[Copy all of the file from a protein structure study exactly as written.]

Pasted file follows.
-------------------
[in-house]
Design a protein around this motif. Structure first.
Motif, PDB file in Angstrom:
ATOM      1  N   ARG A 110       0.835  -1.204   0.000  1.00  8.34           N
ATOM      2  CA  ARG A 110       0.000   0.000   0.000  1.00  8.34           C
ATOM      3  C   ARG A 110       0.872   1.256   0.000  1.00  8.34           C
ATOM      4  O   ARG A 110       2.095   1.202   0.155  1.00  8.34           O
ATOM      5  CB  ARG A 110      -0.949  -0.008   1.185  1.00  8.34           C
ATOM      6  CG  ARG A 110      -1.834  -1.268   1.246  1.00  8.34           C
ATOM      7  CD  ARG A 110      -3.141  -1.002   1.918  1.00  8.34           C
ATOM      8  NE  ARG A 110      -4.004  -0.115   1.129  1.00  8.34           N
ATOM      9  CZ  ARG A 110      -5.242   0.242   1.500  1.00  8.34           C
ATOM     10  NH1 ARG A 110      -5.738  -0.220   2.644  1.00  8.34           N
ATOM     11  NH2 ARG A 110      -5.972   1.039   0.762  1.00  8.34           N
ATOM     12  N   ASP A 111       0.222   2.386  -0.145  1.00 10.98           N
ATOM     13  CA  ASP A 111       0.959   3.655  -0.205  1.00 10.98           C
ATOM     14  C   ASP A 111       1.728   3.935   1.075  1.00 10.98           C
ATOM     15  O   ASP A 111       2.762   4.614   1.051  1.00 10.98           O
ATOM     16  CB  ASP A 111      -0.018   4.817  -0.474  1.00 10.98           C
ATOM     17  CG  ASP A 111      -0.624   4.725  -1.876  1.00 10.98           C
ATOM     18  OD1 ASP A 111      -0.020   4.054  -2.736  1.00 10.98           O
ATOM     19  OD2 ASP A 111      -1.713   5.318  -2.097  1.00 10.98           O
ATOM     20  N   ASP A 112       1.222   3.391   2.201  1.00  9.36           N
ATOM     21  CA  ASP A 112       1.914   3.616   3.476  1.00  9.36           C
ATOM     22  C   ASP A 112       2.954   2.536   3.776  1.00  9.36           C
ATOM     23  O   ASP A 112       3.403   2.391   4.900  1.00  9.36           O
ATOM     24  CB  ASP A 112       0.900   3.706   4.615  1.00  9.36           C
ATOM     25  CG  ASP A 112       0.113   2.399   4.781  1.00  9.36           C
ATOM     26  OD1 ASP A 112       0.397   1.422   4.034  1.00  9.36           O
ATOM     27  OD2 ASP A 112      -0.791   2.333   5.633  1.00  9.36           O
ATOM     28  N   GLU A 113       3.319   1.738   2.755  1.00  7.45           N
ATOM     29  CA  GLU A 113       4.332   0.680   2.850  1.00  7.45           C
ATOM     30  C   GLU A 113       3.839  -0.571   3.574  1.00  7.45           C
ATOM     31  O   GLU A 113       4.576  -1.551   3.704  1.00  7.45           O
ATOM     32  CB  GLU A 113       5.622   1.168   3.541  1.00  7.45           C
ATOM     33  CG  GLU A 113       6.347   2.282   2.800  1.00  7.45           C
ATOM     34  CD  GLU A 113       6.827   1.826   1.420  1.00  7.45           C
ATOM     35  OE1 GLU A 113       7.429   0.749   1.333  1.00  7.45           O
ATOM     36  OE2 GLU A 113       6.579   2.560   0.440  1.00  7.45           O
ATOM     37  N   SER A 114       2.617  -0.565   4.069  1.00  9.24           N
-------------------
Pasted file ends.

[in-house]
Design a protein around this motif. Structure first.
Motif, PDB file in Angstrom:
ATOM      1  N   ARG A 110       0.835  -1.204   0.000  1.00  8.34           N
ATOM      2  CA  ARG A 110       0.000   0.000   0.000  1.00  8.34           C
ATOM      3  C   ARG A 110       0.872   1.256   0.000  1.00  8.34           C
ATOM      4  O   ARG A 110       2.095   1.202   0.155  1.00  8.34           O
ATOM      5  CB  ARG A 110      -0.949  -0.008   1.185  1.00  8.34           C
ATOM      6  CG  ARG A 110      -1.834  -1.268   1.246  1.00  8.34           C
ATOM      7  CD  ARG A 110      -3.141  -1.002   1.918  1.00  8.34           C
ATOM      8  NE  ARG A 110      -4.004  -0.115   1.129  1.00  8.34           N
ATOM      9  CZ  ARG A 110      -5.242   0.242   1.500  1.00  8.34           C
ATOM     10  NH1 ARG A 110      -5.738  -0.220   2.644  1.00  8.34           N
ATOM     11  NH2 ARG A 110      -5.972   1.039   0.762  1.00  8.34           N
ATOM     12  N   ASP A 111       0.222   2.386  -0.145  1.00 10.98           N
ATOM     13  CA  ASP A 111       0.959   3.655  -0.205  1.00 10.98           C
ATOM     14  C   ASP A 111       1.728   3.935   1.075  1.00 10.98           C
ATOM     15  O   ASP A 111       2.762   4.614   1.051  1.00 10.98           O
ATOM     16  CB  ASP A 111      -0.018   4.817  -0.474  1.00 10.98           C
ATOM     17  CG  ASP A 111      -0.624   4.725  -1.876  1.00 10.98           C
ATOM     18  OD1 ASP A 111      -0.020   4.054  -2.736  1.00 10.98           O
ATOM     19  OD2 ASP A 111      -1.713   5.318  -2.097  1.00 10.98           O
ATOM     20  N   ASP A 112       1.222   3.391   2.201  1.00  9.36           N
ATOM     21  CA  ASP A 112       1.914   3.616   3.476  1.00  9.36           C
ATOM     22  C   ASP A 112       2.954   2.536   3.776  1.00  9.36           C
ATOM     23  O   ASP A 112       3.403   2.391   4.900  1.00  9.36           O
ATOM     24  CB  ASP A 112       0.900   3.706   4.615  1.00  9.36           C
ATOM     25  CG  ASP A 112       0.113   2.399   4.781  1.00  9.36           C
ATOM     26  OD1 ASP A 112       0.397   1.422   4.034  1.00  9.36           O
ATOM     27  OD2 ASP A 112      -0.791   2.333   5.633  1.00  9.36           O
ATOM     28  N   GLU A 113       3.319   1.738   2.755  1.00  7.45           N
ATOM     29  CA  GLU A 113       4.332   0.680   2.850  1.00  7.45           C
ATOM     30  C   GLU A 113       3.839  -0.571   3.574  1.00  7.45           C
ATOM     31  O   GLU A 113       4.576  -1.551   3.704  1.00  7.45           O
ATOM     32  CB  GLU A 113       5.622   1.168   3.541  1.00  7.45           C
ATOM     33  CG  GLU A 113       6.347   2.282   2.800  1.00  7.45           C
ATOM     34  CD  GLU A 113       6.827   1.826   1.420  1.00  7.45           C
ATOM     35  OE1 GLU A 113       7.429   0.749   1.333  1.00  7.45           O
ATOM     36  OE2 GLU A 113       6.579   2.560   0.440  1.00  7.45           O
ATOM     37  N   SER A 114       2.617  -0.565   4.069  1.00  9.24           N